Jazz band named after Oleg Lundstrem on India tour

The jazz band celebrated its 80th anniversary in 2014.

The jazz band celebrated its 80th anniversary in 2014.

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The famous Russian band, named after legendary jazz maestro Oleg Lundstrem, will perform in Kolkata and Delhi between 23 and 26 September, as part of the Festival of Russian Culture in India.

The famed Russian Jazz Orchestra named after Oleg Lundstrem, which is performing in the Indian cities of Kolkata and Delhi, is visiting India to inaugurate the Russian Cultural Festival 2016. It will launch the Festival with a performance in the eastern city of Kolkata on September 23, followed by concerts in the Indian capital.

The State Chamber Orchestra of jazz music, named after the legendary Oleg Lundstrem, has a unique history. It celebrated its 80th anniversary in 2014, confirming its status as the "longest-playing" big band in the world, a distinction recorded in the Russian Guinness Book of Records.

It all began well before World War II in the emigrant city of Harbin (China) where, in 1934, Oleg Lundstrem, a young and unknown pianist and recent graduate of Polytech, gathered together his first jazz orchestra. He fell in love with this genre, having listened to the songs of the Grand Duke and actually decided to replicate his life and musical journey.

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Having conquered Harbin, the orchestra moved after five years to Shanghai, where it immediately gained immense popularity not only among the local population, but also among the Europeans and the Americans, who were then living in China. The orchestra has worked in the best concert halls, performing Russian and Soviet songs set in jazz arrangements.

Musicians with the orchestra, then numbering 18 people, applied to the Embassy of the USSR in 1947 with a request to return to their homeland.

Kazan was chosen as the site of the orchestra’s permanent place of residence and work. Many of the musicians came to study at the Kazan Conservatory. Despite the fact that the attitude to jazz in the USSR at the time was largely negative, the orchestra performed concerts regularly and also made recordings for the radio.

The team moved to Moscow in 1956. From that moment on, their lives changed and their big tour and concert life began, even continuing through the most difficult years of perestroika and post-perestroika.

Since the 1960s, when the band gained nationwide popularity and acclaim, the country’s best voices considered it an honour to perform with the band. Among them were Maya Kristalinskaya, Sergey Sorokin, Guli Chokheli and, later, in the 70s, Irina Ponarovskaya Irina Otieva Svetlana Rubinina and Olga Kormuhina.

Between 2003 and 2006, the outstanding musician George Garanian was the principal conductor of the orchestra.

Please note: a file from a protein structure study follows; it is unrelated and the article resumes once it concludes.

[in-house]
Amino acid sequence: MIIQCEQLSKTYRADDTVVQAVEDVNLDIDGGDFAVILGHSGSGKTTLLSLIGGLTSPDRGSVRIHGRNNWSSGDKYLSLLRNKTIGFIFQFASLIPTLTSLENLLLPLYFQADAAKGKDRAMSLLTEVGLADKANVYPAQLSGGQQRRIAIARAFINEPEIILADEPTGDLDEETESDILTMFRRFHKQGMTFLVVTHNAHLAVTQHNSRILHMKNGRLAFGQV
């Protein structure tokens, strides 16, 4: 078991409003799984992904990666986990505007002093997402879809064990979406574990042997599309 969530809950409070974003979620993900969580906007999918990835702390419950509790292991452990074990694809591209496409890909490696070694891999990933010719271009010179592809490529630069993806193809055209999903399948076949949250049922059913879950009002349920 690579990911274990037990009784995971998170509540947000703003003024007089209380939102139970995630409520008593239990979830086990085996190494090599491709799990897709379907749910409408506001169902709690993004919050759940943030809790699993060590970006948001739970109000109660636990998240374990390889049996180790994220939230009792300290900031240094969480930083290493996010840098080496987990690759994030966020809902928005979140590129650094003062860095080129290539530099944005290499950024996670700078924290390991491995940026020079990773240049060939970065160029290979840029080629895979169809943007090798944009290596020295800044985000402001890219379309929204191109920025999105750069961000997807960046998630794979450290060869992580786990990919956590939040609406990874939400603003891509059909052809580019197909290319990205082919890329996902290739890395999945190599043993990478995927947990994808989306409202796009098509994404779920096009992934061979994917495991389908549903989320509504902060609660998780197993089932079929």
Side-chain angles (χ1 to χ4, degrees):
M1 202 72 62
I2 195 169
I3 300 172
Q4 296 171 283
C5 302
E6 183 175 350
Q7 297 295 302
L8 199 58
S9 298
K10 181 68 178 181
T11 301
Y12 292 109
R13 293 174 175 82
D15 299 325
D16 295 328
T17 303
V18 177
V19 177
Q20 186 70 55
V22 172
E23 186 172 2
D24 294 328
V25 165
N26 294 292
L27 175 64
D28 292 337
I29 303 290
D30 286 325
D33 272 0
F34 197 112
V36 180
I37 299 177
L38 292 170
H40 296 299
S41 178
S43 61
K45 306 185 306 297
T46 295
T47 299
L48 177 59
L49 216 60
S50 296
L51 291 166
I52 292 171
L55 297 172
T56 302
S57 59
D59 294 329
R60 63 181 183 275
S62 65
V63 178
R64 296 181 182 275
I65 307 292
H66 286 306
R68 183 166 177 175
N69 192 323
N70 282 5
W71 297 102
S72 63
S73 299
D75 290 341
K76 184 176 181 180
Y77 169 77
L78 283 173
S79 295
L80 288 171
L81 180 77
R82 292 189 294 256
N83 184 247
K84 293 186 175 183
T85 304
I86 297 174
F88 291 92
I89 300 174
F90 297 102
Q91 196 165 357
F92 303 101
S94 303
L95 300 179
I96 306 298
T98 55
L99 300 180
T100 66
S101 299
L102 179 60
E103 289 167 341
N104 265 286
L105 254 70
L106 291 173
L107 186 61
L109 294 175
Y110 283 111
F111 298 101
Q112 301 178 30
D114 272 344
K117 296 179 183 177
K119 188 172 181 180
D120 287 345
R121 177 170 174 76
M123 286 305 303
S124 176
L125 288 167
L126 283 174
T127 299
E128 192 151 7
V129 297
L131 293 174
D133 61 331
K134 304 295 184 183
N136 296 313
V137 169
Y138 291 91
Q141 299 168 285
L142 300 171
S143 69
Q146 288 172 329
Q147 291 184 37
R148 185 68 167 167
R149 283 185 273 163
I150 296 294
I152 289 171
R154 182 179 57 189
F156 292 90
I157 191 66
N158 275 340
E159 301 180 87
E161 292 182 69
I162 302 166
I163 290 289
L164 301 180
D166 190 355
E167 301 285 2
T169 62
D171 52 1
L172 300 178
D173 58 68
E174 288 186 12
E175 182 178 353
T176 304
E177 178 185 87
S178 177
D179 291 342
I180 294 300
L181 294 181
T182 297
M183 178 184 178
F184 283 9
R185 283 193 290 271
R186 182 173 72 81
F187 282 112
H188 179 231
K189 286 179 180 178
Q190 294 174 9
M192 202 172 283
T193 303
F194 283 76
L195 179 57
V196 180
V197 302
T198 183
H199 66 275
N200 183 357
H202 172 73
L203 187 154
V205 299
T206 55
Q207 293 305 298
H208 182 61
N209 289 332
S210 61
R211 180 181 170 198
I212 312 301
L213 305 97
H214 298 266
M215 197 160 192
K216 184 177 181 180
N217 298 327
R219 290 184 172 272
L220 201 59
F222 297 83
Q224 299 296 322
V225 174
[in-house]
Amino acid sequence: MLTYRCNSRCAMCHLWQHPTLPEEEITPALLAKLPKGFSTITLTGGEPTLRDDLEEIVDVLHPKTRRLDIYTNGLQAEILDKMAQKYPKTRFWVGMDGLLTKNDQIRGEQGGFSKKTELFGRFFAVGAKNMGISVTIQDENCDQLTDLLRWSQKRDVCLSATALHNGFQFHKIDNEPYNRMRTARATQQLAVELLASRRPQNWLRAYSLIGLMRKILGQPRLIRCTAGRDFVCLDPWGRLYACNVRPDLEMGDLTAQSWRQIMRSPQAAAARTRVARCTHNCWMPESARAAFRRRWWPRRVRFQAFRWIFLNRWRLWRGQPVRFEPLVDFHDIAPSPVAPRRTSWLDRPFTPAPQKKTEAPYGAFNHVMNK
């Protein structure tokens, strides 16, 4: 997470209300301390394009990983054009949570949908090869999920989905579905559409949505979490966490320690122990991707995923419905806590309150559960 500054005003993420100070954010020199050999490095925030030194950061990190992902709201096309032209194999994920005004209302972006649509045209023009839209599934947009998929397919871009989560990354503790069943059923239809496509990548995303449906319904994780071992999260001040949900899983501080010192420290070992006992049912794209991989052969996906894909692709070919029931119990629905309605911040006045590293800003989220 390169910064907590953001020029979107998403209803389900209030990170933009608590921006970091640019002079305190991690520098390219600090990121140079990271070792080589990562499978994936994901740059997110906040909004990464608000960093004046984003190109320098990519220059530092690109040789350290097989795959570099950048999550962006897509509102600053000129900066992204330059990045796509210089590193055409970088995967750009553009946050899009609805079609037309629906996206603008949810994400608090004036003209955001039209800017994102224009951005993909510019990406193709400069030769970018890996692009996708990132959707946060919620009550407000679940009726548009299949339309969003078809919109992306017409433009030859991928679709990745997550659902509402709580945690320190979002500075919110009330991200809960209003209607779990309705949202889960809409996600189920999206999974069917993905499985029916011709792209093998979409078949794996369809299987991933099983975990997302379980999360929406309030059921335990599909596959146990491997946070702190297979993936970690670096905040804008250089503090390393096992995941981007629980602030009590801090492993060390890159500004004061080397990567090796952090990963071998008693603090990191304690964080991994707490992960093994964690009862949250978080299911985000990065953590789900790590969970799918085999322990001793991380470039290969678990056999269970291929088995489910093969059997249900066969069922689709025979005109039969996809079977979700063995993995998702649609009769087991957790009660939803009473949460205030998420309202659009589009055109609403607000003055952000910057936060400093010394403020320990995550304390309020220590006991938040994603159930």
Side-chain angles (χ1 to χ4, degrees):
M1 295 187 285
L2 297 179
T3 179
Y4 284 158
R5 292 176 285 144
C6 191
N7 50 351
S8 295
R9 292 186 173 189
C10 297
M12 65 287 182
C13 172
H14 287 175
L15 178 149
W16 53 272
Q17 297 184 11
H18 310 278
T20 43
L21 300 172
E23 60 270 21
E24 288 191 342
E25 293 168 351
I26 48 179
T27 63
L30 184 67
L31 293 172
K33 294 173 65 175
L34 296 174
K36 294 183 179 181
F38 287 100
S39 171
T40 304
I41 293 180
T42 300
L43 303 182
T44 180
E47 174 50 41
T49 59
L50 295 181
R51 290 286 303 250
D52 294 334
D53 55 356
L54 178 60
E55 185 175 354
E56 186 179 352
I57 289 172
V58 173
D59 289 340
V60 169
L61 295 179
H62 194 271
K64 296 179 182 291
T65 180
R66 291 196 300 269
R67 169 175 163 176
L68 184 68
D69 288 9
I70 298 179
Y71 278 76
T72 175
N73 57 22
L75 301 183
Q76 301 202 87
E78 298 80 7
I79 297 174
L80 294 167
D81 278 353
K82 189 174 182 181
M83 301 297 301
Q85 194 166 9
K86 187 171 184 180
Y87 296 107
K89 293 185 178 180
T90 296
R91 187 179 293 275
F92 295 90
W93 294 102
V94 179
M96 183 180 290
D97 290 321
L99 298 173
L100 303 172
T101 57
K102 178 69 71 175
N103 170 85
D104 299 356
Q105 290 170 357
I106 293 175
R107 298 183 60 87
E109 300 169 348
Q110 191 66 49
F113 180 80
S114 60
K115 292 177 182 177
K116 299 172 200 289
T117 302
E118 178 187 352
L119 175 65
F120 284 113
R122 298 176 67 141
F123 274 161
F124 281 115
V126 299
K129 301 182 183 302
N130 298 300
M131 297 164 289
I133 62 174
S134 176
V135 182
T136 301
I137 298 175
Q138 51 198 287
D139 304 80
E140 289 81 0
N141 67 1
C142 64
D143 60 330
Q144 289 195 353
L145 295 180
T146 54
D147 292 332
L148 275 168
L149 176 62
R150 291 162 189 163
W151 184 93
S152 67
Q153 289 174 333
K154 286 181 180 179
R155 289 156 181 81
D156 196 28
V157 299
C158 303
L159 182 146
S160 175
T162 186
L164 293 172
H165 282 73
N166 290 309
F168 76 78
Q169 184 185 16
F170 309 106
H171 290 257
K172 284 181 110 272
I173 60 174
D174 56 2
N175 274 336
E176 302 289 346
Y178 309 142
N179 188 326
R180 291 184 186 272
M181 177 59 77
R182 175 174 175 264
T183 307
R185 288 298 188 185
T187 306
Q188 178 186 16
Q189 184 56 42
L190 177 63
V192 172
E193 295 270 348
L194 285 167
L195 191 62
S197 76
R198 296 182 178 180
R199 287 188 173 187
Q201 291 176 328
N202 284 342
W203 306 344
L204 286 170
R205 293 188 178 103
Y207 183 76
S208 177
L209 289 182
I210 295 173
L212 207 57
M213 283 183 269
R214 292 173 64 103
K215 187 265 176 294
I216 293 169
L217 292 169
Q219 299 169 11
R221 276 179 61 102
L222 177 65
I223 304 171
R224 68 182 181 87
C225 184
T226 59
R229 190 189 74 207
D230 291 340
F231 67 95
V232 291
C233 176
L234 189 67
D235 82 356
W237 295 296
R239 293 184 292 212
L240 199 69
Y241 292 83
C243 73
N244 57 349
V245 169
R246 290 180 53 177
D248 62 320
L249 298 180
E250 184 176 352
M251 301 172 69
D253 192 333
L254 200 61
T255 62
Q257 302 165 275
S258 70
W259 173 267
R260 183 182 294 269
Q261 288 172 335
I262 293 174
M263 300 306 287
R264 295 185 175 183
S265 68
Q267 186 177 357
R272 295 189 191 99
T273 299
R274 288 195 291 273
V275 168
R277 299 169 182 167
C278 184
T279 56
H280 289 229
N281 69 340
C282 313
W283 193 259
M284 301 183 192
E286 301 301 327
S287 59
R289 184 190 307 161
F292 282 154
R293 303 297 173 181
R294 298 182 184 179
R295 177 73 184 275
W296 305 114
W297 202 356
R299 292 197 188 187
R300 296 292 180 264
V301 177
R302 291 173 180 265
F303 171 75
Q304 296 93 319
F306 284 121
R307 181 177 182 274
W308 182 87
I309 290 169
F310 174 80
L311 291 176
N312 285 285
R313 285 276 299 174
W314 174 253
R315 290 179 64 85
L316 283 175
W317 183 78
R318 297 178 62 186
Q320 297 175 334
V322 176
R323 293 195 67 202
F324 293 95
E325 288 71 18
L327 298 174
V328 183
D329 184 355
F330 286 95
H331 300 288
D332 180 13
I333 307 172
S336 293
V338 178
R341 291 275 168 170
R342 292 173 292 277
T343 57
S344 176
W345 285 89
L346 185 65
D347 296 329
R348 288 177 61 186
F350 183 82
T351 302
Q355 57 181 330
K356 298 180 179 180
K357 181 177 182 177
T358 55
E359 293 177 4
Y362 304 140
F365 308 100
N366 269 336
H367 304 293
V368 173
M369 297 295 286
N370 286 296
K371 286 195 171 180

Since 2005, the orchestra added "named after" to its name because the maestro Oleg Lundstrem had died. But the style, ideas, inspiration, and even the obsession with jazz remained. The school of mainstream jazz stayed alive and so did the principles of the highest skill and uncompromising professionalism.

The band has been led since 2007 by well-known jazz pianist and bandleader Boris Frumkin. Under his leadership, the orchestra continued the tradition of its founder Oleg Lundstrem, who once said, "As far as the credo of our orchestra, it has remained the same: we are true to jazz, we strive to make jazz an important component of the spiritual life of man." 

Over the years, the Chamber Orchestra of jazz named after Lundstrem has toured more than 500 cities of the USSR and now Russia and dozens abroad, it has given more than 10,000 concerts. Hundreds of thousands of spectators have attended their concerts and millions have listened to them on the radio and watched them on television.

Today, the "stars" of the orchestra named after Lundstrem include masters of jazz like the saxophonist Ivan Volkov, drummer Vladimir Zhurkin, trumpeter Yuri Parfenov and Peter Vostokov, trombonist Maxim Peganov and many others.

"I think I gave the orchestra what is most important – motivation”, said Frumkin, the head of the team. “And the only motivation for a jazz musician, who is always by nature a soloist, but plays in a large orchestra, is the disclosure of its creative potential. I do my best to let all the orchestra’s musicians to speak out on stage as much as possible. This is the best opportunity to satisfy their creative ambitions."

Schedule of concerts in India:

September 23, Calcutta

September 25 Delhi: Performance at the opening of the Jazz Festival in Nehru Park

September 26, Gurgaon

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